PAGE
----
Despite the title, Johnny Guitar is a 1954 western about two butch women who have very different ideas about the railroad coming to town. They hated one another up on that colorful screen but it didn't compare to how they felt off screen. Crawford had a history of being cruel to female costars. On this film she was not only the star but one of the producers. She wanted her arch nemesis to be a blonde. She was miffed when MacCambridge was hired over her objections and madder further when the younger actress wouldn't bleach her hair. It was warfare from then on, with the entire company taking one side or the other. Most were against Crawford.
They pulled off a lovely romance in Love Is a Many-Splendored Thing in 1955 but in real life they barely spoke. He usually slept with his leading ladies but not this time. It's been said she complained about most everything on the film and when he didn't sympathize with her, she turned on him. He, in turn, didn't much care for her imperious behavior but decided to bury the hatchet. He presented her with a bouquet of roses and she threw them in his face.
|Laurence Harvey & Capucine|
She is my all-time favorite actress and he is one of my top five favorite actors and Walk on the Wild Side (1962) another one of my favorite films. It grieves me that these two didn't get on at all. Harvey was an effete snob who, after making Room at the Top, The Alamo and The Manchurian Candidate, thought this film was beneath him. She was not much of an actress but was brought aboard because she was the producer's girlfriend of the moment and Harvey resented her presence from the start. She didn't like their kissing scenes because he isn't man enough for me. He responded with perhaps if you were more of a woman, I'd be more of a man. Honey, kissing you is like kissing the side of a beer bottle. Years later these two bisexual actors were still raking one another over the coals.
The film was appropriately titled Jinxed (1982) and neither made any secret about hating one another. It stems from him ungallantly saying that when he did kissing scenes with her, the only way he could get through them was to think of his dog. Ouch. For a woman who early on expressed reservations about how she looked, it was a crushing blow to her fragile self-esteem. This was one frigid set. Director Don Siegel had a heart attack during production. She threatened to sue and he took the story to reporters. She said it was the worst professional experience of her life and where is he today?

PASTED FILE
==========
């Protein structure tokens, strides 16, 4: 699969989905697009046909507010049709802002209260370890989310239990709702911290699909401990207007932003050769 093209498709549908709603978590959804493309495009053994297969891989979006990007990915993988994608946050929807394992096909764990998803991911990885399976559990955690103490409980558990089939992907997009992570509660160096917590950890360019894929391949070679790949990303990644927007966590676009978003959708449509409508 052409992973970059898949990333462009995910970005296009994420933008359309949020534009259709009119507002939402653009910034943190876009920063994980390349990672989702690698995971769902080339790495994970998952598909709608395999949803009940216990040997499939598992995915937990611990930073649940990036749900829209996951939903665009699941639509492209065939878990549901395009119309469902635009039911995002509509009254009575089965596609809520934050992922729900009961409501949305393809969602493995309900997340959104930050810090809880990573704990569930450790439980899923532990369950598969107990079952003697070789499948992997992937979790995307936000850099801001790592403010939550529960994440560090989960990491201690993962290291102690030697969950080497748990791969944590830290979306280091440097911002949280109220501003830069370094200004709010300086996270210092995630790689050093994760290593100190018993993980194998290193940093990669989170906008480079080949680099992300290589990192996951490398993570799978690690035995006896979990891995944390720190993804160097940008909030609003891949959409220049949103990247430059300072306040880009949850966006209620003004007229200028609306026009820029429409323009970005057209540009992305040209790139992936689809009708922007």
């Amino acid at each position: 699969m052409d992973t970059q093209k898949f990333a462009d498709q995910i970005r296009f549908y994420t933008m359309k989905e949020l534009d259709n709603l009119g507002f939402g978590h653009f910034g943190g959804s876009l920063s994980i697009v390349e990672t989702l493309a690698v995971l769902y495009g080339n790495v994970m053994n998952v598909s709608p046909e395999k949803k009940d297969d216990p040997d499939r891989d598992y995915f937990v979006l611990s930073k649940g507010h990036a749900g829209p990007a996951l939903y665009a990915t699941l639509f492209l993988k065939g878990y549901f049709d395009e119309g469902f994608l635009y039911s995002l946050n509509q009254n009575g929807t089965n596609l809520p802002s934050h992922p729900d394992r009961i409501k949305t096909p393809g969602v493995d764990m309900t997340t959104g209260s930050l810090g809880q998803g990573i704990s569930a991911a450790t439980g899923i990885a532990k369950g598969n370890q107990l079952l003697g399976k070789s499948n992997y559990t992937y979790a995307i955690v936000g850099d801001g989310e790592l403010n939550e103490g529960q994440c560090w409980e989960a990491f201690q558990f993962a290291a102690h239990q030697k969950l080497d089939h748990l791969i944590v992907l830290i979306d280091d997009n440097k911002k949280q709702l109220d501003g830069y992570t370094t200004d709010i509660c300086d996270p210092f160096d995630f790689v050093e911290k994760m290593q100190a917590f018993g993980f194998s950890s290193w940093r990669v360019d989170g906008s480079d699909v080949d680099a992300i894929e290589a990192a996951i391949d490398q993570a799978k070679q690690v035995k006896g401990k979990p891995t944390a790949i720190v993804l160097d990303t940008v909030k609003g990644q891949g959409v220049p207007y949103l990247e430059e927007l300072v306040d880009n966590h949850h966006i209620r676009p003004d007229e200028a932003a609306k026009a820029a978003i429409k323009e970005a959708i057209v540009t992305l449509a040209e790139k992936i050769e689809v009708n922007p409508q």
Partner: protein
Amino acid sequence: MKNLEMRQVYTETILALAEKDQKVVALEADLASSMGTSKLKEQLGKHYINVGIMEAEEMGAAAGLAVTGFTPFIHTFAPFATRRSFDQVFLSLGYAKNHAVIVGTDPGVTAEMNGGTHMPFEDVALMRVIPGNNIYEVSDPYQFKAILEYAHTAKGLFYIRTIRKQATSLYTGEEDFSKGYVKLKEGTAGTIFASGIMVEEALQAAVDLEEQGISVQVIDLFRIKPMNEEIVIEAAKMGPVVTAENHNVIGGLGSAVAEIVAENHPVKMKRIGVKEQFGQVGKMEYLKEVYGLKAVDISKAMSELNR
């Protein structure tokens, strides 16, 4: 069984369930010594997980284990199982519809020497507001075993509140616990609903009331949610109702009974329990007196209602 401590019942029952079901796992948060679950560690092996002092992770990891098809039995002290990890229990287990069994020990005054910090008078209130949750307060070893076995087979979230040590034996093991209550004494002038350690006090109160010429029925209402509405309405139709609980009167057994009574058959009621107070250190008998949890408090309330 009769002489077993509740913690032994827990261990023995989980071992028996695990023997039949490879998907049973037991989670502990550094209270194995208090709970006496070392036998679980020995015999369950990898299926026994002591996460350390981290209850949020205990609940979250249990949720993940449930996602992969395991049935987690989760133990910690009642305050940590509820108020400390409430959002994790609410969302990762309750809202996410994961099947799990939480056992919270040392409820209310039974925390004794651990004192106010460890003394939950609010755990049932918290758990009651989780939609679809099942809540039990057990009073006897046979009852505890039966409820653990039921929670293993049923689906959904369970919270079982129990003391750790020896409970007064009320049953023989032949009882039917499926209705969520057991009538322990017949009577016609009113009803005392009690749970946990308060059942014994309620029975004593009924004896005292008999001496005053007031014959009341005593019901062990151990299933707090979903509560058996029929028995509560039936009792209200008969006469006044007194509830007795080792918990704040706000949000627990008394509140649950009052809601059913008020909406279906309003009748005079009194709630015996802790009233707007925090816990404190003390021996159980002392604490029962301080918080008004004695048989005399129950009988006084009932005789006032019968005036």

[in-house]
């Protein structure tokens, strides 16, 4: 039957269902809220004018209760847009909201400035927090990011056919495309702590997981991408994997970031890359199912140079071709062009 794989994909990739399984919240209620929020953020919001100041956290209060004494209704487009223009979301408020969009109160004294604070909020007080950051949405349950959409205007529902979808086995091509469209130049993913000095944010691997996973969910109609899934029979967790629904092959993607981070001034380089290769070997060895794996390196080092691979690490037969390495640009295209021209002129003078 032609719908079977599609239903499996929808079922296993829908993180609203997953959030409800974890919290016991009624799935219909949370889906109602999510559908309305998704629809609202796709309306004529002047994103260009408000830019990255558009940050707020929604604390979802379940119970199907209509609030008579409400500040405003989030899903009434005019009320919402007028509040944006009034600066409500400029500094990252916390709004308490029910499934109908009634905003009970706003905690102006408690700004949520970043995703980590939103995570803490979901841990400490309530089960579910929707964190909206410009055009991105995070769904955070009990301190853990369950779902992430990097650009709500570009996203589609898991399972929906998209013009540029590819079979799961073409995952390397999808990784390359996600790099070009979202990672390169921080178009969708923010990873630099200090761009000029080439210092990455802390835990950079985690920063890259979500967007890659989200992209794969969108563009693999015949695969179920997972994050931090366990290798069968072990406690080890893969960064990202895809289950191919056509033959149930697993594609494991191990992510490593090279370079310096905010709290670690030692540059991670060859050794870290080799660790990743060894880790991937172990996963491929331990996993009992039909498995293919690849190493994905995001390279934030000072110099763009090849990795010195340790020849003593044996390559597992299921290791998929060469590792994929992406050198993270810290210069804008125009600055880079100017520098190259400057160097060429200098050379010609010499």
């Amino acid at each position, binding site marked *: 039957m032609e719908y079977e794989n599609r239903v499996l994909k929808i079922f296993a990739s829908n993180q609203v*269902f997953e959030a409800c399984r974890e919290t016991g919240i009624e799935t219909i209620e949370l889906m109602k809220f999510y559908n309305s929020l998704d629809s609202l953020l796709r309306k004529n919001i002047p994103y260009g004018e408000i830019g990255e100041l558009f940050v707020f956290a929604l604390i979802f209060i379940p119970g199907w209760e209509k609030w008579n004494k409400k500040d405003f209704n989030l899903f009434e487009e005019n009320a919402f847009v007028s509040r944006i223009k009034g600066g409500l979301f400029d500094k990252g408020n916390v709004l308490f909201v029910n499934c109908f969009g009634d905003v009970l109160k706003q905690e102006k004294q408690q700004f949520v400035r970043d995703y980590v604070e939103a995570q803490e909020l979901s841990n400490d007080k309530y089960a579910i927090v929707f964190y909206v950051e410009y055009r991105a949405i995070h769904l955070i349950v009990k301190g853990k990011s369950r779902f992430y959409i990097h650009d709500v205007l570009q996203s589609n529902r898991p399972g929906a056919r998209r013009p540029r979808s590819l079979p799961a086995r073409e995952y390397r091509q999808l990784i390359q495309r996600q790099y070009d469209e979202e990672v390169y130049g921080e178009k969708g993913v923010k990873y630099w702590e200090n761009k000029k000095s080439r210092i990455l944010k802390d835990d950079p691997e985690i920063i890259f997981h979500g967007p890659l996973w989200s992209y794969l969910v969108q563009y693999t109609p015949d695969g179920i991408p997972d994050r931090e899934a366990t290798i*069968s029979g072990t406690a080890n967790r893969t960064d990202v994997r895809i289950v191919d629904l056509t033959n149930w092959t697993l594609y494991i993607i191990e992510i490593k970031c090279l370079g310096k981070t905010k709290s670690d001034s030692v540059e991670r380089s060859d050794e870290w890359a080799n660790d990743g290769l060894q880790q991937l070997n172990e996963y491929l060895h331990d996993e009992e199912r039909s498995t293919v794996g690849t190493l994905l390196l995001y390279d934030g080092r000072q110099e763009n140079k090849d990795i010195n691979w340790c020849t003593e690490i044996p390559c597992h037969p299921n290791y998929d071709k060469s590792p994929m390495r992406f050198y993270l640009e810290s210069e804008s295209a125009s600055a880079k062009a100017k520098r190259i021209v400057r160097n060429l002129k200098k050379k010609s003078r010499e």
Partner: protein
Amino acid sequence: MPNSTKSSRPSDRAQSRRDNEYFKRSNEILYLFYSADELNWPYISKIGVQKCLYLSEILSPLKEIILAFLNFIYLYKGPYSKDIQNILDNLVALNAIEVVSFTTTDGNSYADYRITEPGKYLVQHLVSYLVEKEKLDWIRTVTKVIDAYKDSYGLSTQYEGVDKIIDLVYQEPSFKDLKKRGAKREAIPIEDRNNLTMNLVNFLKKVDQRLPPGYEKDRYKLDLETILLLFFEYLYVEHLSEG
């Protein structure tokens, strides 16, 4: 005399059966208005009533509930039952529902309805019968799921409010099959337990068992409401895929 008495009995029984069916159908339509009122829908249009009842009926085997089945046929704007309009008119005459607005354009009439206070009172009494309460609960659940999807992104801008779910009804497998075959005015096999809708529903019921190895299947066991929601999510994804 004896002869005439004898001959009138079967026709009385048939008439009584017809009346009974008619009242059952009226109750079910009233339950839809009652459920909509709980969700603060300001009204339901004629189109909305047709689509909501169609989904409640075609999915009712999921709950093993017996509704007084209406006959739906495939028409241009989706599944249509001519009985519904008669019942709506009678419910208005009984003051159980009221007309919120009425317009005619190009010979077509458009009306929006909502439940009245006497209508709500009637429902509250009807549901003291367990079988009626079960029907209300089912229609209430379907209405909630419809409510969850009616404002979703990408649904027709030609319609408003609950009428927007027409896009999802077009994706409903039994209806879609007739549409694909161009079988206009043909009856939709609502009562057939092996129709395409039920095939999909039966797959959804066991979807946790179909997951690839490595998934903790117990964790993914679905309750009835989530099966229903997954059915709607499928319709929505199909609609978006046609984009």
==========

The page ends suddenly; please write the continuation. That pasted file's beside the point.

Tommy Lee Jones
It's not too hard to get that these two wouldn't see eye-to-eye. One is stuck in the goofy, unrelenting comedy mode and the other appears to have no sense of humor at all. On the 1995 set of Batman Forever, it's been reported that Jones was a bully while Carrey was a complete gentleman. Director Joel Schumacher has publicly said that Jones scared the hell out of Carrey and felt threatened by him... perhaps his talent or his scene-stealing.
Two efants terribles, that's for sure. The film was 1974s Chinatown. It seemed a given to me that these two would do battle. She's always been a diva actress and he's always been a control-freak director. The story goes that he plucked a hair from her face because it was ruining the shot, which she didn't like. Then apparently she asked him something about character motivation and he yelled at her say the effing words... your paycheck is your motivation. Later she asked to go to the bathroom as a scene was being orchestrated and he told her no. One day she allegedly threw a cup of urine in his face. Charming, charming, charming. Somehow all turned out a superior film.
While production problems reigned on the set of Jaws (1975), there was a war raging on between two of the costars, Robert Shaw and Richard Dreyfuss. Many it seems put the lion's share of the ruckus on Shaw who picked at Dreyfuss relentlessly (Why you couldn't even do 10 pushups. At your age that's criminal). Shaw, frequently loaded and well-known for his explosive, often outrageous comments, simply zeroed in on Dreyfuss and wouldn't let go. It likely added some extra zest to their characters' relationship which was also a bit snarky.